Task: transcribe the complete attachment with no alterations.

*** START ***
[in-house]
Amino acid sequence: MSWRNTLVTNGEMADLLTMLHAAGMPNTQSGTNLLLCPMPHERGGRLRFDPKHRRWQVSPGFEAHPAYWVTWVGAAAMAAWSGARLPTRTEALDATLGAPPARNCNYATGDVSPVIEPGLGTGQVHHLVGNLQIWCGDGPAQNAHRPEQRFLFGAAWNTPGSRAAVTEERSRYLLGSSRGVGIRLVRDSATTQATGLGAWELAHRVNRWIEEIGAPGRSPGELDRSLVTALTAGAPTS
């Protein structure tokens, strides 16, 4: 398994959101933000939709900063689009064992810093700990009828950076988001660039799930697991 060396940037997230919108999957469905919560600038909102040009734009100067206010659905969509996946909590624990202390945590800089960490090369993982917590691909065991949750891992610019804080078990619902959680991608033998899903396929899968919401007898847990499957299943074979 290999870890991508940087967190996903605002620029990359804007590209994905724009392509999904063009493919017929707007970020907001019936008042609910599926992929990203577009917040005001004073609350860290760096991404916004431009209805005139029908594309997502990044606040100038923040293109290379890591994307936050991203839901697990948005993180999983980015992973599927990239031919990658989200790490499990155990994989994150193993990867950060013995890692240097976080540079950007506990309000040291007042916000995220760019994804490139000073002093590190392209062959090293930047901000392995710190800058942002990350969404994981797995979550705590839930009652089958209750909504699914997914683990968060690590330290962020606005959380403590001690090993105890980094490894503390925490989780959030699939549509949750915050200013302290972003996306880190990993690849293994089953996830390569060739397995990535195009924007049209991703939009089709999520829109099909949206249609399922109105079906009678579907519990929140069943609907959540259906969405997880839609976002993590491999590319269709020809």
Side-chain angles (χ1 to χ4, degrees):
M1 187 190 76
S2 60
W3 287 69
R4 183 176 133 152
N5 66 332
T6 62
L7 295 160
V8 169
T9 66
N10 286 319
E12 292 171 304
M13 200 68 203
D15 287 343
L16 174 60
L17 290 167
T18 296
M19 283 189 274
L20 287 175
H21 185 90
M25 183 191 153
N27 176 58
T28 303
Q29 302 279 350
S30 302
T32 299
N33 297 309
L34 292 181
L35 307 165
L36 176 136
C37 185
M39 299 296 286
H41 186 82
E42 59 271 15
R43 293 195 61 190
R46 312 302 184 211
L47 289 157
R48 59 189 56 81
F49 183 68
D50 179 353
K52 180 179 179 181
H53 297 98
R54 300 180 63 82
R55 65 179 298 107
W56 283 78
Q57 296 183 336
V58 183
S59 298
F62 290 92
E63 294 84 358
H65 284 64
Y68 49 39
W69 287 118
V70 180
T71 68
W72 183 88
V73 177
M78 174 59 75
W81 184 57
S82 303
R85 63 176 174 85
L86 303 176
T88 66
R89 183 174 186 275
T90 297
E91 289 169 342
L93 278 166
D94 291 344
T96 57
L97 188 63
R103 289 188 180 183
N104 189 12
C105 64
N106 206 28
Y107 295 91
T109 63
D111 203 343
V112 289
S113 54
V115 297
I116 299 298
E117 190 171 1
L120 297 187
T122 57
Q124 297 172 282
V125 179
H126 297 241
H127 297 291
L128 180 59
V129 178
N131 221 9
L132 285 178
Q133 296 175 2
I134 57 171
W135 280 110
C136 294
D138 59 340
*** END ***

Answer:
[in-house]
Amino acid sequence: MSWRNTLVTNGEMADLLTMLHAAGMPNTQSGTNLLLCPMPHERGGRLRFDPKHRRWQVSPGFEAHPAYWVTWVGAAAMAAWSGARLPTRTEALDATLGAPPARNCNYATGDVSPVIEPGLGTGQVHHLVGNLQIWCGDGPAQNAHRPEQRFLFGAAWNTPGSRAAVTEERSRYLLGSSRGVGIRLVRDSATTQATGLGAWELAHRVNRWIEEIGAPGRSPGELDRSLVTALTAGAPTS
């Protein structure tokens, strides 16, 4: 398994959101933000939709900063689009064992810093700990009828950076988001660039799930697991 060396940037997230919108999957469905919560600038909102040009734009100067206010659905969509996946909590624990202390945590800089960490090369993982917590691909065991949750891992610019804080078990619902959680991608033998899903396929899968919401007898847990499957299943074979 290999870890991508940087967190996903605002620029990359804007590209994905724009392509999904063009493919017929707007970020907001019936008042609910599926992929990203577009917040005001004073609350860290760096991404916004431009209805005139029908594309997502990044606040100038923040293109290379890591994307936050991203839901697990948005993180999983980015992973599927990239031919990658989200790490499990155990994989994150193993990867950060013995890692240097976080540079950007506990309000040291007042916000995220760019994804490139000073002093590190392209062959090293930047901000392995710190800058942002990350969404994981797995979550705590839930009652089958209750909504699914997914683990968060690590330290962020606005959380403590001690090993105890980094490894503390925490989780959030699939549509949750915050200013302290972003996306880190990993690849293994089953996830390569060739397995990535195009924007049209991703939009089709999520829109099909949206249609399922109105079906009678579907519990929140069943609907959540259906969405997880839609976002993590491999590319269709020809």
Side-chain angles (χ1 to χ4, degrees):
M1 187 190 76
S2 60
W3 287 69
R4 183 176 133 152
N5 66 332
T6 62
L7 295 160
V8 169
T9 66
N10 286 319
E12 292 171 304
M13 200 68 203
D15 287 343
L16 174 60
L17 290 167
T18 296
M19 283 189 274
L20 287 175
H21 185 90
M25 183 191 153
N27 176 58
T28 303
Q29 302 279 350
S30 302
T32 299
N33 297 309
L34 292 181
L35 307 165
L36 176 136
C37 185
M39 299 296 286
H41 186 82
E42 59 271 15
R43 293 195 61 190
R46 312 302 184 211
L47 289 157
R48 59 189 56 81
F49 183 68
D50 179 353
K52 180 179 179 181
H53 297 98
R54 300 180 63 82
R55 65 179 298 107
W56 283 78
Q57 296 183 336
V58 183
S59 298
F62 290 92
E63 294 84 358
H65 284 64
Y68 49 39
W69 287 118
V70 180
T71 68
W72 183 88
V73 177
M78 174 59 75
W81 184 57
S82 303
R85 63 176 174 85
L86 303 176
T88 66
R89 183 174 186 275
T90 297
E91 289 169 342
L93 278 166
D94 291 344
T96 57
L97 188 63
R103 289 188 180 183
N104 189 12
C105 64
N106 206 28
Y107 295 91
T109 63
D111 203 343
V112 289
S113 54
V115 297
I116 299 298
E117 190 171 1
L120 297 187
T122 57
Q124 297 172 282
V125 179
H126 297 241
H127 297 291
L128 180 59
V129 178
N131 221 9
L132 285 178
Q133 296 175 2
I134 57 171
W135 280 110
C136 294
D138 59 340